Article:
A plateful of this warming Jwaz Zitoun – Olive Stew is in order, now the temperatures are slowly dropping. The days are getting shorter and the nights will soon be long and cold. Autumn is near.
Succulent iron-rich beef, sweet carrots and potatoes complement the contrasting strong olive flavour. Making this a dish you will want to make repeatedly when the call for good home-made comfort food is near.
After a storm earlier in the week, the temperatures suddenly dropped and I was like really!? It can’t be. I NEVER EVER thought I would miss cold rainy England for its weather yet somehow I do – only in summer. In winter it does get cold in Algeria and then I am glad I’m not facing an even colder winter in Britain! Alhamdu’lillah
After a day of cooler weather we are back to warm but not stifling heat at home. The climatiser is on less often so that’s a positive in terms of the electricity bill too.
Brits love fish and chips and their favourite conversation topic, the weather….
My husband’s first meal in Britain was just that, fish and chips!
The last time I ate proper fish and chips, by that I mean from a fish and chip shop, was back in 2008/9 when I was working in admin. That’s very sad indeed.
I don’t eat a lot of fish. A few exceptions are Tuna and white fish such as Cod/Haddock but they (white fish) have to be battered and fried or breaded and baked for me to be interested.
Back to this beef olive stew.
Olives are in abundance here in Algeria as they are in most of the Mediterranean countries. Same as with fish, I don’t care much for olives. I find them too bitter when they are in dishes such as salad but I do love them in this stew.
Also they are great stuffed into fried rice balls better known as Arancini along with chicken and cheese. I had those also for the first time here in Algeria where they are called Boulettes de Riz/Roz.
Again, back to the stew.
I was introduced to Jwaz Zitoun by my husband’s family last year when we first moved here and it immediately became a favourite of mine each time my sister-in-law cooked it.
I knew of the dish beforehand but I’d never tried cooking it because my husband loathes olives. He isn’t here right now which means I can freely cook with olives without having to cook a second dish just for him *Winks*.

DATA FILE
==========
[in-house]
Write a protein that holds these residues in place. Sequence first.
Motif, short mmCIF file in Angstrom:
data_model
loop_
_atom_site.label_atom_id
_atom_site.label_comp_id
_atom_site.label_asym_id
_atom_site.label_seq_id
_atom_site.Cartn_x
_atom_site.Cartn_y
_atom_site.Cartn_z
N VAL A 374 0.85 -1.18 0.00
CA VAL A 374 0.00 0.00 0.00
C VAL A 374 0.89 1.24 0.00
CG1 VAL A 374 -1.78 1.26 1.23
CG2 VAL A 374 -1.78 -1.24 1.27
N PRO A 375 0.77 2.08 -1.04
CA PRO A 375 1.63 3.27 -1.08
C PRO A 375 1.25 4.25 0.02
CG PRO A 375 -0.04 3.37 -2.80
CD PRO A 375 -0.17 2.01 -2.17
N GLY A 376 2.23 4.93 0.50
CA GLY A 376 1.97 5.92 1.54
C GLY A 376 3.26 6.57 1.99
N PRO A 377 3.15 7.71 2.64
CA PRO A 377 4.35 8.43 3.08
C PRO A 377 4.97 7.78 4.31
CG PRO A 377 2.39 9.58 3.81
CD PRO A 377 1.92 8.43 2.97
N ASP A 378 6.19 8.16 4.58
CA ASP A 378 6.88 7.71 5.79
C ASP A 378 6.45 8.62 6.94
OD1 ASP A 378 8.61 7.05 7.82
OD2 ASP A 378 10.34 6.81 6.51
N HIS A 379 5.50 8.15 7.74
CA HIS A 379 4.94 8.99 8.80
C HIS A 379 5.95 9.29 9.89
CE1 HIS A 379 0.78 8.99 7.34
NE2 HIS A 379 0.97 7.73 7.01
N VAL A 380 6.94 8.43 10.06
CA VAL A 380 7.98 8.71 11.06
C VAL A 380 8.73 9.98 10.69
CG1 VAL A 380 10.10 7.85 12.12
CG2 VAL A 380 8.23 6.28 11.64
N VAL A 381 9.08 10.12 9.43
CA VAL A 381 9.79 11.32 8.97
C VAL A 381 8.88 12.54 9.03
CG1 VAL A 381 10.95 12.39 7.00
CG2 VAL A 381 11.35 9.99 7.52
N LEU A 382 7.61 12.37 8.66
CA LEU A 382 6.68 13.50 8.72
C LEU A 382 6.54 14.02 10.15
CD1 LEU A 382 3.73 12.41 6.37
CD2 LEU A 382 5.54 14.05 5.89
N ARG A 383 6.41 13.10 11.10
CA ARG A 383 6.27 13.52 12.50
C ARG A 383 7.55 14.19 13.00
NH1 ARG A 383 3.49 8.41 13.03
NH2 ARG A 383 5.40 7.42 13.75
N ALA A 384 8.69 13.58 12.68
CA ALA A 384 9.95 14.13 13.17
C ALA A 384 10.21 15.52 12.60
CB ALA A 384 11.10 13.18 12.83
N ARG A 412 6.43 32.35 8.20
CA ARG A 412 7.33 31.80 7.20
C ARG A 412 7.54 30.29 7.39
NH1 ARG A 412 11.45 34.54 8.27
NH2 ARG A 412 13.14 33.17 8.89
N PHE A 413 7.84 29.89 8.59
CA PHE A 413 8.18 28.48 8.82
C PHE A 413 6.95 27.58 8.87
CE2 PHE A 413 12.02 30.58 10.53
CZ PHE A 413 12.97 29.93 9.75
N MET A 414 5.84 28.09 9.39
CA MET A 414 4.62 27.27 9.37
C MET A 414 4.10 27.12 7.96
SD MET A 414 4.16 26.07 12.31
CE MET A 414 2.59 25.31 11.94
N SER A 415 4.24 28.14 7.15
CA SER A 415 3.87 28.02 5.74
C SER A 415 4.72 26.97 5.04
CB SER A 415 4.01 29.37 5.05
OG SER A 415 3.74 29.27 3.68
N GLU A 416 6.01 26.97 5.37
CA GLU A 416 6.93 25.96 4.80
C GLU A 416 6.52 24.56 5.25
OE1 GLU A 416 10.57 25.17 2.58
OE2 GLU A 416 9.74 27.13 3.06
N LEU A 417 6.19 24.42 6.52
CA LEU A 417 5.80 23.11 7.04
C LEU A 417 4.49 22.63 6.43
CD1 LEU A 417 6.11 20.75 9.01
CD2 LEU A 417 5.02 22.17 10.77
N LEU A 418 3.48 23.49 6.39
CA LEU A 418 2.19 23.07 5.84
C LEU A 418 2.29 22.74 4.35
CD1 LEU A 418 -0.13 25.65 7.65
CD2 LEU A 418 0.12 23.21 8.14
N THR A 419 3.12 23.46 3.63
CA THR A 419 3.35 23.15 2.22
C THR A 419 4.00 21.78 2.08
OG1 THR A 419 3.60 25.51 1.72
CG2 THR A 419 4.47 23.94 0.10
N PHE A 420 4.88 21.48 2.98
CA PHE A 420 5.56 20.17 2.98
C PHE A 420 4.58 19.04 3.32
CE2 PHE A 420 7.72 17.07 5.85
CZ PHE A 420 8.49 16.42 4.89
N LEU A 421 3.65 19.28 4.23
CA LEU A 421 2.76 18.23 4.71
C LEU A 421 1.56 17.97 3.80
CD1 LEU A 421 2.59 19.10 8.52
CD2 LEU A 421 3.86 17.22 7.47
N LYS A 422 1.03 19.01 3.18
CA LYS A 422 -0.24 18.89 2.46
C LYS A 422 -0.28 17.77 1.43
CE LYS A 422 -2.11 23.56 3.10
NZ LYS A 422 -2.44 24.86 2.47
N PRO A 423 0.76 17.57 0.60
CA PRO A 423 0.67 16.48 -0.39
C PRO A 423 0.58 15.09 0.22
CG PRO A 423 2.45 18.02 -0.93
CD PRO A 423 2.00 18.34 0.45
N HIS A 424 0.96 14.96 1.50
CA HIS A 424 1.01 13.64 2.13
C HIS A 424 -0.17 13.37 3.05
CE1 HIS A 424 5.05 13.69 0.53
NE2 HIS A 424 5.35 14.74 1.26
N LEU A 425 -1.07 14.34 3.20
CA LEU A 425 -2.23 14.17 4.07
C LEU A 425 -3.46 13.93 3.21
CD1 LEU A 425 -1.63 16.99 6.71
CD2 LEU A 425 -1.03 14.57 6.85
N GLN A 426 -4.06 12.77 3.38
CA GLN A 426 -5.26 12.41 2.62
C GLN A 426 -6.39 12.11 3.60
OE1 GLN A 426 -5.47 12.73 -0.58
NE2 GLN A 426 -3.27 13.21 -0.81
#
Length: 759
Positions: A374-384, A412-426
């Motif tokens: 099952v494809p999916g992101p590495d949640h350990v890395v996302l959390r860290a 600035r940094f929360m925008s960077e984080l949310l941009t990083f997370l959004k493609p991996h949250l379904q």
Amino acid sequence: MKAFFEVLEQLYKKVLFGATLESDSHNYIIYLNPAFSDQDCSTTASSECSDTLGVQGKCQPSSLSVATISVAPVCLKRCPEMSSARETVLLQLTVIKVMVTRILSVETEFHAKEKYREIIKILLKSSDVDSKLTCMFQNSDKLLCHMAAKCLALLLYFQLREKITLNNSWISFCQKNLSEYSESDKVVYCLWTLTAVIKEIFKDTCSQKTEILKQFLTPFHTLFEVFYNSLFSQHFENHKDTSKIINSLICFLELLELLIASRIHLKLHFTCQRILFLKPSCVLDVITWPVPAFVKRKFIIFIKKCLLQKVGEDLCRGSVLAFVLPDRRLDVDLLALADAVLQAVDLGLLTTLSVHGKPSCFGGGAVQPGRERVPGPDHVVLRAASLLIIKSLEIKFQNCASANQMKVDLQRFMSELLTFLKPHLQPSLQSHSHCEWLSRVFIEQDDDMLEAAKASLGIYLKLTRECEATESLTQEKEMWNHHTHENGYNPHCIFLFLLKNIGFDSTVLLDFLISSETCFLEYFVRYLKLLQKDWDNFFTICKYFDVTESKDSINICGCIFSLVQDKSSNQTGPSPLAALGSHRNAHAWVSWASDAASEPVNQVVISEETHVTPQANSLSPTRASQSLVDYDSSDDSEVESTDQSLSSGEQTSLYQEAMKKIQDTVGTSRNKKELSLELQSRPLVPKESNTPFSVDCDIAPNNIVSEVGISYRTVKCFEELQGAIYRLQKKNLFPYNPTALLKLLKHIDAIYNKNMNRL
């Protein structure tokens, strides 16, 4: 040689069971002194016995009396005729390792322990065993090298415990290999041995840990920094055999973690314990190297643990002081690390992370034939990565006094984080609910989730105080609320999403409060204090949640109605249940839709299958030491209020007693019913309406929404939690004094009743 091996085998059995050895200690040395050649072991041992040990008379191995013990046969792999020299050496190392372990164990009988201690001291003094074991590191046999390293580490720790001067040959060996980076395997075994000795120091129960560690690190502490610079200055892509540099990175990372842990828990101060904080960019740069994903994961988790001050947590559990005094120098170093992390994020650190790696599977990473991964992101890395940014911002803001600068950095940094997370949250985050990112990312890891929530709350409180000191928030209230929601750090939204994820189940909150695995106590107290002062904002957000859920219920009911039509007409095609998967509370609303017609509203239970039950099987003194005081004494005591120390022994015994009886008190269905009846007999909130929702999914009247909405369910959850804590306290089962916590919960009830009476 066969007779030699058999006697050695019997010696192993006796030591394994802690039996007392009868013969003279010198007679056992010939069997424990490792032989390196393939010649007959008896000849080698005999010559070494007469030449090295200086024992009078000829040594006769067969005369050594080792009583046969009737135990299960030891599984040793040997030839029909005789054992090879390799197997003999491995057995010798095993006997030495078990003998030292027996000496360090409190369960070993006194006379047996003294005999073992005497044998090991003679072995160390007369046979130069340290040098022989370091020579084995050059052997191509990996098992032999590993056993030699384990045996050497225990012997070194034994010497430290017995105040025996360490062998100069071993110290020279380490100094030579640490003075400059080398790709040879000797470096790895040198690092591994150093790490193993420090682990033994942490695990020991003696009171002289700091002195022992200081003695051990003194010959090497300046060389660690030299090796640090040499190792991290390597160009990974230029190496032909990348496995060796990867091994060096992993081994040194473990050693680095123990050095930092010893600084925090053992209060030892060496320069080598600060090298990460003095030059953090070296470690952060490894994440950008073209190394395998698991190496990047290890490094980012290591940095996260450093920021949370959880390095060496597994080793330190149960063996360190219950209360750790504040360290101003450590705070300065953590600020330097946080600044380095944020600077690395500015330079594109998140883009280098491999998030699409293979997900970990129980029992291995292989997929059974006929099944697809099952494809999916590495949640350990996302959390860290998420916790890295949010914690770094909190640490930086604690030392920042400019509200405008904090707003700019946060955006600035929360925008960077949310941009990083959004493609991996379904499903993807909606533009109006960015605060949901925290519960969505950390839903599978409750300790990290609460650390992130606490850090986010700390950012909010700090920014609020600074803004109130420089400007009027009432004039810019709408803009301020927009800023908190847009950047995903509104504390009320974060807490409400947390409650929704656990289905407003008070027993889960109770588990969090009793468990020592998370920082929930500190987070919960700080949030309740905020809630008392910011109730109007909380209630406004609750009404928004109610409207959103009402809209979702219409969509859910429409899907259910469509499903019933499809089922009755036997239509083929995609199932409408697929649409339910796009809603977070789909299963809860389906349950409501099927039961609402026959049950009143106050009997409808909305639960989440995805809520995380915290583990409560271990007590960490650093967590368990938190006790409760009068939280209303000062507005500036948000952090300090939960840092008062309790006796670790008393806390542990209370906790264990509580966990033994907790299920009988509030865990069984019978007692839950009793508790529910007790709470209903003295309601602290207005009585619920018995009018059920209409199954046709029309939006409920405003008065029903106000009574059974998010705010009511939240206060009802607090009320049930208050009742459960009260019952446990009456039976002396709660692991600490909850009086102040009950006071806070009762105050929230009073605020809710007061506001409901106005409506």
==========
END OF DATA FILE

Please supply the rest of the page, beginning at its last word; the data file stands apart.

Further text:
Cooking the olives before adding them to the meat or more often chicken stew is what I believe to be the key to this dish. Cooking olives alone in water takes away a lot of the salt and some of the bitterness associated especially with green olives.
My in-laws only use carrots with the olives as the vegetable element but I like adding potatoes, it bulks out the stew and thickens the sauce slightly. Why Carrots? well, they bring natural sweetness to balance out some of that leftover bitterness in the olives. It’s a beautiful contrast in flavour that compliments the other.
Unlike the more famous Moroccan version of this olive stew Tagine Zitoun, most Algerians don’t use preserved lemons to flavour the stew. Instead we/they suffice with a cinnamon stick and a bay leaf. Both add only a subtly of flavour in the plated dish and unless you use them both regularly it would be hard to recognize.
I adapted my recipe from this Food52 recipe.
Enjoy this hearty jwaz zitoun – olive stew the next time you have some pitted green olives you want to use up, You won’t regret it.
Jwaz Zitoun bel Lham – Olive Stew with Beef
- 200g pitted green olives
- 1-2 tablespoon olive oil (or a neutral oil such as sunflower if you prefer)
- 4 pieces beef, medium in size, preferably from the chuck or beef round,
- 1 onion, grated
- 2 garlic cloves, chopped finely or crushed
- 1 bay leaf
- 1 cinnamon stick (cassia bark)
- Salt, to taste
- Black pepper, ground, to taste
- 200g carrots, cut on the diagonal into 1 cm rounds
- 1 potato, large in size, cut into eighths
- 700ml hot water, plus more for cooking olives.
- Fresh Parsley, chopped
- Wash the olives with cold water then In a medium pan half-fill a pan with water, add the olives and bring to a boil, lower the heat slightly to a fast simmer and cook for 20-25mins.
- Meanwhile in a 2litre cooking pot fitted with lid, seal the beef on all sides, add onion, garlic, salt (start with 1/4tsp and adjust at the end because olives are salty when they have been preserved, usually with salt/brine), pepper, bay leaf and cinnamon stick to the pot, cook with the lid on for about 5 minutes until onions are soft and translucent – you may need to stir now and then to avoid the garlic burning.
- Add carrots and water, bring upto a fast simmer, cover. Then you can either cook on medium-high heat for 1 and half hours, adding drained pre-cooked olives and the chunks of potato in last half hour. Or cook for 2 and half hours on low heat-steady simmer, adding olives and potatoes in last 40 minutes. Decorate stew with fresh parsley leaves.
You can cook this stew in a traditional clay tagine pot (long and slow method), reduce the amount of water you add because the tagine pot is excellent at sealing in the moisture providing you don’t keep removing the lid to check on your stew!
The amount of water you use for the stew also depends on the size of your chosen cooking pot. You need enough to cover the beef to begin with and you may add more throughout the cooking process if you see the stew drying out before the meat and vegetables are cooked. Potatoes/vegetables in general also release water into the stew.
The first cooking time given depends on the age of the cow/beef when slaughtered. Ours was around 5 yrs of age. Older the cow = longer cooking time.